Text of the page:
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Are You Underinsured? Most Small Businesses Are
A recent Manta and Insureon survey revealed that fewer than 30% of small business owners have basic business insurance. Even fewer, just 6%, have business interruption insurance, and only a rare few (2%) have cyber insurance.

This lack of insurance can be a costly mistake. These policies are essential for the proper protection of a company in today's marketplace. Here's why.

Business owner's policy: The basic coverage for a small business is a business owner's policy (BOP). This typically provides general liability and commercial property coverage. The liability portion offers protection in case a customer is injured on your property or you cause damage to a customer's property. Business and Industry Connection Magazine reports the average cost for a slip-and-fall injury is $20,000. An annual insurance premium is clearly the more affordable option.

Business interruption insurance: When disasters cause damage to a business, operations may be shut down for hours, days, or weeks. The resulting loss of income can be devastating to a company. How much revenue would you lose if you couldn't open your doors for 10 days? Business interruption insurance replaces the income lost while your business is temporarily closed.

Cyber insurance: Modern businesses are typically dependent on online services in one form or another. This makes their business vulnerable to cybercrime. A study by Kaspersky found that the average cost of a cyber breach for a small business is $86,000. These costs can be avoided with an affordable cyber insurance policy.

Customer Reviews Are Crucial: Here's How to Get Good Ones
These days, customer reviews can make or break a small business. This means you need to actively encourage your satisfied customers to share their experiences with your company online.

Here are some tips to get you started:

Social Media

Make sure you have a presence on all major social media sites that are relevant to your business. Start with Google, Facebook, and Yelp. Then consider Bing, Angie's List, LinkedIn, Yahoo, TripAdvisor, CitySearch, and others.


Ask your customers to give feedback. As long as you deliver as promised on your product or service, they won't mind if you ask for a review. Don't wait too long, though. Customers are more likely to provide feedback right away.


Whenever possible, follow up your initial request with a reminder email containing links to suggested review sites. And anytime customers compliment you in person or via phone or email, ask them to post their feedback online.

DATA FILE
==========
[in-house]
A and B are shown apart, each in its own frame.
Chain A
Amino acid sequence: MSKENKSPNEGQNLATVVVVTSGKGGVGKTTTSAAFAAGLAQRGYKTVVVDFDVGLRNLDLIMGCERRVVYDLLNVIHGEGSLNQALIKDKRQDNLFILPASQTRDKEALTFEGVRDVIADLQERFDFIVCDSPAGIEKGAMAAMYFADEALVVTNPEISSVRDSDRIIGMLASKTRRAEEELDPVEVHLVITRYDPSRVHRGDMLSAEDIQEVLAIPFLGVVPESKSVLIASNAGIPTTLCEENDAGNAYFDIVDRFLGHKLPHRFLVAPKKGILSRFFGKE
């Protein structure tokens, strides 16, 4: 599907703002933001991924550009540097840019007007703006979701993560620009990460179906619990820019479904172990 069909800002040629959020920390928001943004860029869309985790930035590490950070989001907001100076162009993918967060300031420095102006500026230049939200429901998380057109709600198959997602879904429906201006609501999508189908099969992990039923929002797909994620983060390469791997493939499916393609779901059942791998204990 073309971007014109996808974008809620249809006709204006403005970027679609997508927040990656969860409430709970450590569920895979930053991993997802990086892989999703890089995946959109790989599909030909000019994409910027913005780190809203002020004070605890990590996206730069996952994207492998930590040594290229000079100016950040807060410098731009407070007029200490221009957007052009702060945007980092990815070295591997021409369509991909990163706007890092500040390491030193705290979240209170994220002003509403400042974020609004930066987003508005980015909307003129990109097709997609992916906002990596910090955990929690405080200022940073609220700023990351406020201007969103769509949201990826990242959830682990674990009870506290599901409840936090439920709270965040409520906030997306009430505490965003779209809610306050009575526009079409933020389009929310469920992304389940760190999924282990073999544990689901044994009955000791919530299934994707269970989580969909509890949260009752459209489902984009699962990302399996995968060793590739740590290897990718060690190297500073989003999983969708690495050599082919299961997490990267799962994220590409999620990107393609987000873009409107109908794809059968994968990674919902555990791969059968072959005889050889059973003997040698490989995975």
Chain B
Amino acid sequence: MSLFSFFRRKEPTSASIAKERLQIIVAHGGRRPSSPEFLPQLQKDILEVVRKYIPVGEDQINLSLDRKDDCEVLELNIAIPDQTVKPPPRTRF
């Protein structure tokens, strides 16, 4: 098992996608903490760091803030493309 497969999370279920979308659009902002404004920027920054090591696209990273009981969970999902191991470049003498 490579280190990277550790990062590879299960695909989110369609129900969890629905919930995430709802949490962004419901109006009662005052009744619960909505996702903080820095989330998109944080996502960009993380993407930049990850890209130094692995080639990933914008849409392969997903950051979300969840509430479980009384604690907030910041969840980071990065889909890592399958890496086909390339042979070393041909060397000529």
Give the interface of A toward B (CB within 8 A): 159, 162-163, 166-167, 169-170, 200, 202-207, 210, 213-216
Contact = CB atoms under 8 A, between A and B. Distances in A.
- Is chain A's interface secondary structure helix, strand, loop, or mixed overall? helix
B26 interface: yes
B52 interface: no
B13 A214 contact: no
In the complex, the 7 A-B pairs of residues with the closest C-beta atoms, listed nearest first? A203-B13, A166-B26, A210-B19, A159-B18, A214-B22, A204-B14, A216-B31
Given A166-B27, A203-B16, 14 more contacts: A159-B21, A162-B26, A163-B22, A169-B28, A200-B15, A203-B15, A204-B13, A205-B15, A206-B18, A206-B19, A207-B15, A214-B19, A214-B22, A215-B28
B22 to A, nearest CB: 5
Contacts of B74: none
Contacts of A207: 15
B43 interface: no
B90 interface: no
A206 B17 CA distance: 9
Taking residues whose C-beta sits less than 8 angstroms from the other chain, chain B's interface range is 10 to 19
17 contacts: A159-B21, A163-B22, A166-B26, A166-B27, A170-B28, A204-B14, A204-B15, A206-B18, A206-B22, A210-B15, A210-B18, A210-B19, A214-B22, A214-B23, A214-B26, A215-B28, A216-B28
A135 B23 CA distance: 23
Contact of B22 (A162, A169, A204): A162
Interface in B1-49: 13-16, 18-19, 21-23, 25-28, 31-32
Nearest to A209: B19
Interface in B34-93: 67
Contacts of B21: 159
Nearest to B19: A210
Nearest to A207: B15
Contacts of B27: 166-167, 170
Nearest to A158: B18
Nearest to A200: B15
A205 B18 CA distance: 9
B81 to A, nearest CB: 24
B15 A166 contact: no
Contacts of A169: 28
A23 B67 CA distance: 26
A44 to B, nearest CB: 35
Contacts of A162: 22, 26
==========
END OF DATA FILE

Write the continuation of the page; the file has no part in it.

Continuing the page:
Make it easy for your customers. Put direct links to your review profiles in multiple places, such as in emails, in newsletters, and on your website.


It's okay to incent, but not buy, reviews. You might offer your customers a bonus or reward of some kind, but be sure all reviews are authentic.


Make sure your employees understand the importance of soliciting reviews from their customers, and be sure to monitor the reviews. You need to know what is being said about your business and where you may need to improve your level of service.

Are You Building a Championship Team?
Because great teams are goal-oriented and imbued with a sense of purpose, team-building needs to be a holistic process.

The first step is to choose team members who can and will contribute in meaningful ways to the team's overall success. Once the team is in place, as team leader, you need to delineate the roles and responsibilities so that individuals know that their jobs matter and that they bring something unique and essential to the table.

Next, set clear, realistic short-term and long-term goals, and establish milestones and deadlines. Motivate progress toward the goals with positive reinforcement, but also know when to pivot or course-correct if necessary.

Provide continuous feedback and maintain open channels of communication. Communication fosters engagement and commitment to the team's success and also enables team members to surface ideas, suggestions, and issues that may lead to a more productive workflow.

Celebrate successes and accomplishments, but also acknowledge problems, setbacks, or concerns. This type of candor conveys the importance of working together and reaffirms each individual's responsibility to contribute to the team's success.

Ultimately, it takes vision and strong leadership to create and sustain a high-performance team. As a leader, you will have to make difficult decisions, establish standards of performance, and implement corrective action from time to time. Be aware of your leadership style and techniques. Get to know the people you work with so that you can have constructive discussions and lead your team to achieve the best outcomes.

Rented and Personal Vehicles: Are Your Risks Covered?
Are you familiar with hired and non-owned auto (HNOA) insurance? If your business involves vehicle use in any way, this coverage could be crucial for your operations. Here are the FAQs.

What is HNOA insurance?

Hired and non-owned auto insurance provides coverage if an employee uses a personal or rented vehicle for business purposes.

If an employee in these circumstances is in an accident, the company for which they were driving could be held liable for damages. HNOA insurance covers this liability.

Who needs HNOA insurance?

Business owners may assume that if their employees don't use company vehicles, they don't have to worry about insurance coverage. This isn't necessarily true.